iCOM "Hello World" component

Files [hello_world.idl greeter.cc]

As with all programming examples, we will begin with the obligitory hello world...


Step 1 - Create IDL

The IDL file is a description of all the types that are going to be used by your project. All iCOM interfaces must be described in IDL, unlike COM where this is optional. Some languages (e.g. Python) require this information to use the interface, without it they fail.

Here is the IDL file for our example:


line 1:
line 2: #pragma prefix hello_world "{c1d3ccdf-6470-4866-964f-a75e28539536}"
line 3:
line 4: module hello_world
line 5: {
line 6: interface iGreeting
line 7: {
line 8: void greet();
line 9: };
line 10: };

Here is a line-by-line analysis:

line 2: #pragma prefix hello_world "{c1d3ccdf-6470-4866-964f-a75e28539536}"

To explain this line a little background is first needed. All user defined types (UDT's) must be uniquely identified; this goes for all component/distributed architectures, including COM and CORBA. This allow the marshalling systems to reliably locate a defintion of the type, and to transform it into another format. To define a type we use something called a "type-id" (repository id in CORBA speak). The type-ids are created by the IDL compiler, but to create type-ids that are unique to your project you need something "unique" in the type-id. iCOM requires a "universally unique identifer" or UUID, which can be created using the uuidgen program available on most computers.

The prefix pragma is what we use to tell the IDL compiler what prefix we want to use, it is required, and must be the first line in your IDL file (blanks lines and comments do not count). Here we are using the uuid of "{c1d3ccdf-6470-4866-964f-a75e28539536}" (notice the brackets, they are also required), this will produce type-ids like this "c1d3ccdf-6470-4866-964f-a75e28539536/hello_world/iGreeting". You should also notice the hello_world identifier after the prefix token. This instructs the IDL compiler to generate a string constant named hello_world_LibId, so you do not have to remember or constantly copy and paste this id in your source code, you will see how this is used later.

line 4: module hello_world

Here we are opening a new module, this will turn into a namespace in C++, and a module in Python. It is suggested (but may soon be enforced), that all definitions are in a module. This makes it easier to use IDL, from other software vendors.

line 6: interface iGreeting

Now we define a new interface

line 8: void greet(in string who)

Now we define a new method on the iGreeting interface, called greet. The method has one parameter, a string, the name of the person to greet, and returns nothing. Notice the "in" before the parameter type, this designates the direction the parameter will be passed, either in, out, or inout.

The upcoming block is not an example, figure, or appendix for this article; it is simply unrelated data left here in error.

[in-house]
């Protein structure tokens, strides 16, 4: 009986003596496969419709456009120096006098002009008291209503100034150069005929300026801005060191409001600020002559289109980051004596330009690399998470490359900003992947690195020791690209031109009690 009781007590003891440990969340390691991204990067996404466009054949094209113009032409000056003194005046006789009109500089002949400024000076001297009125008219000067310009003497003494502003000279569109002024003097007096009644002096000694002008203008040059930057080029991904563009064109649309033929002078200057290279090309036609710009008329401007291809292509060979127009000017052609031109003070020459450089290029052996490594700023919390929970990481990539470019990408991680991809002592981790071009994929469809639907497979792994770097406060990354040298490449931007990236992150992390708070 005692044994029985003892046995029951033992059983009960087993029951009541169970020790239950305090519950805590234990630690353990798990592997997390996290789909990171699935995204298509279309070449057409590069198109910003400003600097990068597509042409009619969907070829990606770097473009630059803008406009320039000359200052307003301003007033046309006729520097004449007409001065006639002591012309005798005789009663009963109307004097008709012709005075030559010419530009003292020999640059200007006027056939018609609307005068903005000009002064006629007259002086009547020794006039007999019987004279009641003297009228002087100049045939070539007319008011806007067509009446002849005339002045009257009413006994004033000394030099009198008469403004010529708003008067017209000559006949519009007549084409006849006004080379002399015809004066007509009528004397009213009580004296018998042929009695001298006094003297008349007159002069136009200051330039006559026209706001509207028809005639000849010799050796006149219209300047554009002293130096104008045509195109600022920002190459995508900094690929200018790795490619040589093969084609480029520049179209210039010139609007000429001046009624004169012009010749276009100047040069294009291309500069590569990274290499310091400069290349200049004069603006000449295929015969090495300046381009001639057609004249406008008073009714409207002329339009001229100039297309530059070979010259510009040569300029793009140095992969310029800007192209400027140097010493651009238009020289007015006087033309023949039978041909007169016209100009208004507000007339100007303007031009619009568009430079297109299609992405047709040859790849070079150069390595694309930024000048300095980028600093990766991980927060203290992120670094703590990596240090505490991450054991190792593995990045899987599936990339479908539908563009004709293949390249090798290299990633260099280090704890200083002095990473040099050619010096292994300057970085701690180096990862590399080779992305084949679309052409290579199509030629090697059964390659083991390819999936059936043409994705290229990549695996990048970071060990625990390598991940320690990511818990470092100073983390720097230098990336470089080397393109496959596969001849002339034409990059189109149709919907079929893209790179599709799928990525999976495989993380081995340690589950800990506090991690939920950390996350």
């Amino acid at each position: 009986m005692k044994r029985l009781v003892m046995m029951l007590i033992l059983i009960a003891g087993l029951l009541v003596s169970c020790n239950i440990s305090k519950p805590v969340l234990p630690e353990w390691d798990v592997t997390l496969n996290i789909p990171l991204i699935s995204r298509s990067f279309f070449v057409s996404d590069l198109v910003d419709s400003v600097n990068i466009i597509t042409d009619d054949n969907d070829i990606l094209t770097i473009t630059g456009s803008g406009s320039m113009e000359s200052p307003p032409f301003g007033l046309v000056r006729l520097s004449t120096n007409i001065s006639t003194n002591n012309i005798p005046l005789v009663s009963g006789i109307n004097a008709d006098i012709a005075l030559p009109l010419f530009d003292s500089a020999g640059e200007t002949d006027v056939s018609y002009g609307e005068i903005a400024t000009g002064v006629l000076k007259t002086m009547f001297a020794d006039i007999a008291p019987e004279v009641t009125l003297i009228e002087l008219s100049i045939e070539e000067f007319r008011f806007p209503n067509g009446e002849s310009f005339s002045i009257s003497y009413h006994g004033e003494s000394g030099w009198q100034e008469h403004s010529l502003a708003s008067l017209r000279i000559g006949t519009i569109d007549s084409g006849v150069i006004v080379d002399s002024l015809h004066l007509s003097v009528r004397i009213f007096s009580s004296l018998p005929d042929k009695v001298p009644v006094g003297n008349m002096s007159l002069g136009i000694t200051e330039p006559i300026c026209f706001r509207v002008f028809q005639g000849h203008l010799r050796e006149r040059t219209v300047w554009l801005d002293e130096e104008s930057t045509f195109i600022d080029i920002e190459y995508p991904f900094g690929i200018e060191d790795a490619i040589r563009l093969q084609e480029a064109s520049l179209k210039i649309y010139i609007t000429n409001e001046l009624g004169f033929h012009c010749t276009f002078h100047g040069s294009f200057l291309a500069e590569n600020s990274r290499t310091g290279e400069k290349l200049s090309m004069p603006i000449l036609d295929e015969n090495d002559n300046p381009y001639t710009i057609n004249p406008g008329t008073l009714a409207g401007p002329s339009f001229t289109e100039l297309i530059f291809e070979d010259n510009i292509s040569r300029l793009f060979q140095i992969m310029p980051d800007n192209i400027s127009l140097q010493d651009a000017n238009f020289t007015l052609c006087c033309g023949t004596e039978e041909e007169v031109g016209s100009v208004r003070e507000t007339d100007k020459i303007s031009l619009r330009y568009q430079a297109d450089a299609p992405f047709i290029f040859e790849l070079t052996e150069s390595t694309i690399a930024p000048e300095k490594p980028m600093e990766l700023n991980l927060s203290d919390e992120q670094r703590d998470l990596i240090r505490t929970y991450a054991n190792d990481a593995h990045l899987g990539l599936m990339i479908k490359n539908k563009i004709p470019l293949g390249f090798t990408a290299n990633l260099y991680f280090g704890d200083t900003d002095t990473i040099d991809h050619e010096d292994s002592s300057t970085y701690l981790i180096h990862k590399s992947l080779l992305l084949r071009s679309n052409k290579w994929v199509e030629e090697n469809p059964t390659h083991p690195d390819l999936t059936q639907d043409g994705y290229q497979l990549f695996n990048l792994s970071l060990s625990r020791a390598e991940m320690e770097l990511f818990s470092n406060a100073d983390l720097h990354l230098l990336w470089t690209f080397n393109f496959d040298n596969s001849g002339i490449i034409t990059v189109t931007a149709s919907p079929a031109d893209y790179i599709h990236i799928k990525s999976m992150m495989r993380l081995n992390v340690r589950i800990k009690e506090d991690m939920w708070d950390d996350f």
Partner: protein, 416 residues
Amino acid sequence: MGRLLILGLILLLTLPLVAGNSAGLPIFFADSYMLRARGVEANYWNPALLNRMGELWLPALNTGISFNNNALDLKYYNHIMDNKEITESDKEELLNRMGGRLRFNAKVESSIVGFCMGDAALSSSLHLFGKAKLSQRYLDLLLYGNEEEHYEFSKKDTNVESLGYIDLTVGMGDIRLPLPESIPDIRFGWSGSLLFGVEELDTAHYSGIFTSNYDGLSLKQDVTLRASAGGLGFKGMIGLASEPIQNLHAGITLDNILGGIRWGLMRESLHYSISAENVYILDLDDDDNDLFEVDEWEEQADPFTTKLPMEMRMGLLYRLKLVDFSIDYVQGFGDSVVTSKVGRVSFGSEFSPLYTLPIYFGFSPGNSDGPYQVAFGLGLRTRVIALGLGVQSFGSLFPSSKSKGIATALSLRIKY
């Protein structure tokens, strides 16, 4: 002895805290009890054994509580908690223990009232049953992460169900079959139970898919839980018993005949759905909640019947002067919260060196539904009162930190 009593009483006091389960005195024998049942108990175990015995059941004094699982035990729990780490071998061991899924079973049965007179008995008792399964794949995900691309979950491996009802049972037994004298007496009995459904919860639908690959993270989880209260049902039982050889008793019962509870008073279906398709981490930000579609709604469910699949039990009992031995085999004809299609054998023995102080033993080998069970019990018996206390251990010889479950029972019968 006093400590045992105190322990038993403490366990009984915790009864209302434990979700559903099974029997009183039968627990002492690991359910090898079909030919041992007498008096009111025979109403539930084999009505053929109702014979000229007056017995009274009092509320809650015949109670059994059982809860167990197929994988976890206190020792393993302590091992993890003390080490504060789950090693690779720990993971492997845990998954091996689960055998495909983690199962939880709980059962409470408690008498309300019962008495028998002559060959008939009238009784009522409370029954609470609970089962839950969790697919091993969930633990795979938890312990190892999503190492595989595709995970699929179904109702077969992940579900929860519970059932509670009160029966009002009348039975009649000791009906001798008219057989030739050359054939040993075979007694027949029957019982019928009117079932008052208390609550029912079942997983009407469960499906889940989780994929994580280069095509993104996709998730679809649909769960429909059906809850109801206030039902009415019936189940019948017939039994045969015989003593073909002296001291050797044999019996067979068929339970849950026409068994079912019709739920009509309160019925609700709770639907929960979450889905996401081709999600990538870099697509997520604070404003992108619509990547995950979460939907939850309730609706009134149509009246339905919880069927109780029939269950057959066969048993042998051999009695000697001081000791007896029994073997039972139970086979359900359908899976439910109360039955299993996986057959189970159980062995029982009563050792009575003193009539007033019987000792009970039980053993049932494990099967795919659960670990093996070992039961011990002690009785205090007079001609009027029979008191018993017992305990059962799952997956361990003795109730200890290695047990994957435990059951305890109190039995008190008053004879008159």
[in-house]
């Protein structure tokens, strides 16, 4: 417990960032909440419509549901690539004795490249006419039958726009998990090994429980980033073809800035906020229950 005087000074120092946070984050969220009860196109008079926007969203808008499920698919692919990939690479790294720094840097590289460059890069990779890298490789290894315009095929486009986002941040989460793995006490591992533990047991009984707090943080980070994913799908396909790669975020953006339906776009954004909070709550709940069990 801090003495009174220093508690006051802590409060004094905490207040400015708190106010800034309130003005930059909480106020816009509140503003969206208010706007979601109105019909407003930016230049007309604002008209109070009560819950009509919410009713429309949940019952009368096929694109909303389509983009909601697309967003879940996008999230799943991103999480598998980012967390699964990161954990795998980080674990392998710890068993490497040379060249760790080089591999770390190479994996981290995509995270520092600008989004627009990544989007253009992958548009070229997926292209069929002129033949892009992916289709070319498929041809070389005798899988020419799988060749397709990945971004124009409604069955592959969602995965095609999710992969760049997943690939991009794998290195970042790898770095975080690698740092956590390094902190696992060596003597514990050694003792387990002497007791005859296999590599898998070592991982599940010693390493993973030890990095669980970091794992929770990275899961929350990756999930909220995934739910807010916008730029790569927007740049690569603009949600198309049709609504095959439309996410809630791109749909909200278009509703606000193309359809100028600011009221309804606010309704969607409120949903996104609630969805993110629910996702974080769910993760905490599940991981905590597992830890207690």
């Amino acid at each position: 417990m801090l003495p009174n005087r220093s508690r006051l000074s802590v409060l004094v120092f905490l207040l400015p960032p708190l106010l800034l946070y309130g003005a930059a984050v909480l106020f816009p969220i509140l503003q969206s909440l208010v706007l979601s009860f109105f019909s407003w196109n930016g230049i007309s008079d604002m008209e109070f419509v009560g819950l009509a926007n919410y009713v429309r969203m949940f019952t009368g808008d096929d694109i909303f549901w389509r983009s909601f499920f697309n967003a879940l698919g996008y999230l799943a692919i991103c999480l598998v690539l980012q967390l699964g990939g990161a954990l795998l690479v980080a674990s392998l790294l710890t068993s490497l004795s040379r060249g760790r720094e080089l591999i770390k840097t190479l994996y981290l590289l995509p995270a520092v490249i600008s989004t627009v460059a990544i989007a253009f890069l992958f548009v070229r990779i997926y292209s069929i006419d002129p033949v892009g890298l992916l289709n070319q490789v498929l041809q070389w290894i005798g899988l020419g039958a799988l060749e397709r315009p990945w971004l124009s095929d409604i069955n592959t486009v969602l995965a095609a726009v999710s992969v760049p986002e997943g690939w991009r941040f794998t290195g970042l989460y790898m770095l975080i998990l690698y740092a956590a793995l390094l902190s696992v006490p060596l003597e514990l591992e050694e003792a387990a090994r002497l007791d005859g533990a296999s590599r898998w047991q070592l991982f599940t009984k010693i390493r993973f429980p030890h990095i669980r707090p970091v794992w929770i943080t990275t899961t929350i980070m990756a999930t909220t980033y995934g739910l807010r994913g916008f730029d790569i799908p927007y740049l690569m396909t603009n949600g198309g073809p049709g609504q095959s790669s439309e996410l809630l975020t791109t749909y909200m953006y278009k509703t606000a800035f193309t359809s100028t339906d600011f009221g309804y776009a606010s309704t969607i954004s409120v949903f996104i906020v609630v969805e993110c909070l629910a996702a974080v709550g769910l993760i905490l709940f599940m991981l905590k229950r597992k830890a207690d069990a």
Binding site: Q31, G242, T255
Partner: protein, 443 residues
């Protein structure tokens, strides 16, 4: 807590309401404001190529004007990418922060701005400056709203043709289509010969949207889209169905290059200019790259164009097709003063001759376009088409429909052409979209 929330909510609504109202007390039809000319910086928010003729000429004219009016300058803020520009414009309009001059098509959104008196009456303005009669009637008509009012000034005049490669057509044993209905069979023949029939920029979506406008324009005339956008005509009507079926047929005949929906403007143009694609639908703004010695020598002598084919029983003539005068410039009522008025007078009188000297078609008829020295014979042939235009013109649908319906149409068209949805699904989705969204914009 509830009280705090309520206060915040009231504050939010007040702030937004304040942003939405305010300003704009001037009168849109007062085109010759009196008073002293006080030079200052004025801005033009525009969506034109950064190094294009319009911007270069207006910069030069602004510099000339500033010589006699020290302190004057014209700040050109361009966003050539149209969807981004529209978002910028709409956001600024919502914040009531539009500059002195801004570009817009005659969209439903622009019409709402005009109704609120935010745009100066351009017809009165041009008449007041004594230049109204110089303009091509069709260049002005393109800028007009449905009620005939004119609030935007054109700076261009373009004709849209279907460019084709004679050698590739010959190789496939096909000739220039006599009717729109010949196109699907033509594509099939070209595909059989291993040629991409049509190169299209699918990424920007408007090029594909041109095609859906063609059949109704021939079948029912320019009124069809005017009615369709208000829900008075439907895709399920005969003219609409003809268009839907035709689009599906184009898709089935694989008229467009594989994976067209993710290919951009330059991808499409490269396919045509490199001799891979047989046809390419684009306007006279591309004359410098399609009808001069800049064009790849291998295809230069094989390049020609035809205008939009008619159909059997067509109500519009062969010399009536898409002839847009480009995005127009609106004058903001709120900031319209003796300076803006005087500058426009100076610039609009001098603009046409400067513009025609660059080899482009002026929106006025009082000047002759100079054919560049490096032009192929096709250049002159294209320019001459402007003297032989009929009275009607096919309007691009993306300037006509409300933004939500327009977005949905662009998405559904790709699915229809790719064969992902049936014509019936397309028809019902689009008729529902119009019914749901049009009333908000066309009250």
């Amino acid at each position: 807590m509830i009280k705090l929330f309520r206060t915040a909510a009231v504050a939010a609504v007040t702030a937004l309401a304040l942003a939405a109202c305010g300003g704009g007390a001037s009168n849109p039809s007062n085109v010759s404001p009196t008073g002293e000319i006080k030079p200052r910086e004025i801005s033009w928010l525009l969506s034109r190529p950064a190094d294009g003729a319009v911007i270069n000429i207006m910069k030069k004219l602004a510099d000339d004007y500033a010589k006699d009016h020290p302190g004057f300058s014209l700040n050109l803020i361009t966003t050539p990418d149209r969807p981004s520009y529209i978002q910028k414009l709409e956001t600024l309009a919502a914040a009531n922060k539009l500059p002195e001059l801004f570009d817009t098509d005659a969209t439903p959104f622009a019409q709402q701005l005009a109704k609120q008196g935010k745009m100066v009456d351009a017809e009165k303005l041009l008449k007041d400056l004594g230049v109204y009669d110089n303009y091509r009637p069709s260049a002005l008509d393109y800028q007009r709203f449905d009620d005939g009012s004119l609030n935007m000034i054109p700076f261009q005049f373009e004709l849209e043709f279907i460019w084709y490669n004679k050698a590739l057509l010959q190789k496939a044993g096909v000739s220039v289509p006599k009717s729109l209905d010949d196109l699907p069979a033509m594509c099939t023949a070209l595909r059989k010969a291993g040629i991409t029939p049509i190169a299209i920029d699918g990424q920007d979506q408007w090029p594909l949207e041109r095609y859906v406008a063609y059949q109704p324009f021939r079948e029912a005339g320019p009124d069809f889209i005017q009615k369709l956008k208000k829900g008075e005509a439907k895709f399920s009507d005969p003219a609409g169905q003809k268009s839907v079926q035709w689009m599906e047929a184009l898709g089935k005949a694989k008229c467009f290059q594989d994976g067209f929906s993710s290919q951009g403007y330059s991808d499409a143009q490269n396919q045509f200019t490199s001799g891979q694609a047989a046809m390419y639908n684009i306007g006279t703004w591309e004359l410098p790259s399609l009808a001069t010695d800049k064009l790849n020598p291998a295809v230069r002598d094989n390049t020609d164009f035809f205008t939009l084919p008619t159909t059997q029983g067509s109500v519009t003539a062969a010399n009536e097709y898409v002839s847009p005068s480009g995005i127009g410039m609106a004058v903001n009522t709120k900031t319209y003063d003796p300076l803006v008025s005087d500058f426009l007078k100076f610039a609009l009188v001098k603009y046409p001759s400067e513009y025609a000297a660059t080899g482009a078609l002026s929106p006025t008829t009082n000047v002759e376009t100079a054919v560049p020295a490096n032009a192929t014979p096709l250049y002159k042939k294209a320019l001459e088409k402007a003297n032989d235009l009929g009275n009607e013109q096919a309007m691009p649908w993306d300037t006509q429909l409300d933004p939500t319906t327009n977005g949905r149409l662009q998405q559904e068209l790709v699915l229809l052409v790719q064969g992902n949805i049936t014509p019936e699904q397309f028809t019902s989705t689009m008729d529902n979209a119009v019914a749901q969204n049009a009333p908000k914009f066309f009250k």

That's the meat of it. Everything else is just syntax.


Step 2 - Compiling the IDL

As stated before, the IDL file is a description file, not much good to you when you are creating programs in C++, or Python. Now you need to take that description and create a usable set of definitions in your language of choice; in this example we are going to use C++. To create the C++ header files that define your IDL types run the iCOM IDL compiler, iidlc, against the IDL. For example:

		iidlc -bcxx hello_world.idl

Notice the option, "-bcxx", this tells the IDL compiler which language to generate for. This command will create a header file call hello_world.h in the current directory. This is what we will use to create our component.


Step 3 - Registering the IDL

Dynamic languages such as Python rely on the definitions straight from IDL, to do marshalling. So if you want to access this interface from Python you will need to create and register a type library. A type library is a pre-parsed form of the IDL file, and is therefore not (easily) readable by humans, but it is much faster for the computer. To create a type library, we use the IDL compiler again with a different generation option:

		iidlc -btypelib hello_world.idl

This will create a file called hello_world.itl in the current directory. Now we need to register this in the iCOM registry so that, iCOM knows where to find the definition of our interface hello_world::iGreeting. To do this we use the registration program, iregister:

		iregister -t hello_world.itl

The "-t" option tells iregister you are registering a type library and not a component.


Step 4 - Create the component

Here is the C++ implementation of our component:

file: greeter.cc

line 1: #include "hello_world.hh"
line 2: #include "icomutil.hh"
line 3
line 4: namespace hello_world
line 5: {
line 6: class Greeter
line 7: : public icom::ComponentBase<Greeter, InterfaceList1(iGreeting)>
line 8: {
line 9: public:
line 10: void greet(const icom::String& who)
line 11: {
line 12: wprintf(L"Hello %ls\n", who.c_str());
line 13: }
line 14: };
line 15: }
line 16:
line 17: icomComponentMapBegin